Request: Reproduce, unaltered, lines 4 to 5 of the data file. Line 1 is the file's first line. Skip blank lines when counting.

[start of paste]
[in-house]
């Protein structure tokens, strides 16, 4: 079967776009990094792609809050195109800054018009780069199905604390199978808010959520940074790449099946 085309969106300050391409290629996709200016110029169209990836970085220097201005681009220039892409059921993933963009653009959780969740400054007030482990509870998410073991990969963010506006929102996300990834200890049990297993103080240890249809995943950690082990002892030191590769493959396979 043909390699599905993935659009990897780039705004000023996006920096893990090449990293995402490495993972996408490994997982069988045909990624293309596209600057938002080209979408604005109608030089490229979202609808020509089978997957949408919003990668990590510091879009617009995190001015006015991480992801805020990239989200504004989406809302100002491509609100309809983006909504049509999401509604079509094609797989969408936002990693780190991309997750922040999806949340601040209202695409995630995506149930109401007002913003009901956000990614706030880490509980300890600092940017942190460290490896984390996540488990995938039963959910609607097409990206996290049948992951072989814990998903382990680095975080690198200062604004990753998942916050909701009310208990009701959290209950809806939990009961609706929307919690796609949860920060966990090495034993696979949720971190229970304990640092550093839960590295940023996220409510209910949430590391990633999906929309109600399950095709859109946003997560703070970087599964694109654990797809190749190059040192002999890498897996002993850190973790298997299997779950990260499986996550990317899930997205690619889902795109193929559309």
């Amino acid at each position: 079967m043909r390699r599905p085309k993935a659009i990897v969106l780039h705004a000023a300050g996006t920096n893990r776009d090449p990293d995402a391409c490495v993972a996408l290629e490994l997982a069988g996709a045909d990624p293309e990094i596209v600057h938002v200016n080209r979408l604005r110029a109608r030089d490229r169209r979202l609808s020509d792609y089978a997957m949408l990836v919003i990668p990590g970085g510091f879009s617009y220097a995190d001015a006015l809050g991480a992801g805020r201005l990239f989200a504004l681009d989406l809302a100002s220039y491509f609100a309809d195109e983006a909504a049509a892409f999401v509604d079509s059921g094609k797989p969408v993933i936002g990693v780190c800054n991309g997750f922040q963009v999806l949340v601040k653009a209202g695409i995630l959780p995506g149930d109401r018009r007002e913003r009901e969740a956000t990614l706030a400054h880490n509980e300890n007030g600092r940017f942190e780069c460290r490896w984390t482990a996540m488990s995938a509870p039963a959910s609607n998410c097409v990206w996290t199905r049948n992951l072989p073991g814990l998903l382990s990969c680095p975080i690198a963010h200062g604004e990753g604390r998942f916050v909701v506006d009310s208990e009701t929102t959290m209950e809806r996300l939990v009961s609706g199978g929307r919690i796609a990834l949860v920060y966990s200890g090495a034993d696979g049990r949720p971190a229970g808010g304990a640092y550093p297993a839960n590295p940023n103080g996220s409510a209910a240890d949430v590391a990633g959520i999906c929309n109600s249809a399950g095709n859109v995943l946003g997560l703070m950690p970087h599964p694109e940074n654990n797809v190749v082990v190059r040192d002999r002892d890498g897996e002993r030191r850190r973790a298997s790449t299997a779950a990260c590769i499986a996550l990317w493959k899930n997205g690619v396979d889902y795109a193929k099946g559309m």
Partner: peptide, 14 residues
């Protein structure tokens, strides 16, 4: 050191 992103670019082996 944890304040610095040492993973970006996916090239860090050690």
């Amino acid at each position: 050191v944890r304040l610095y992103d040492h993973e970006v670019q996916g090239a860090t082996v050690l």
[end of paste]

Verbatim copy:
Partner: peptide, 14 residues
């Protein structure tokens, strides 16, 4: 050191 992103670019082996 944890304040610095040492993973970006996916090239860090050690």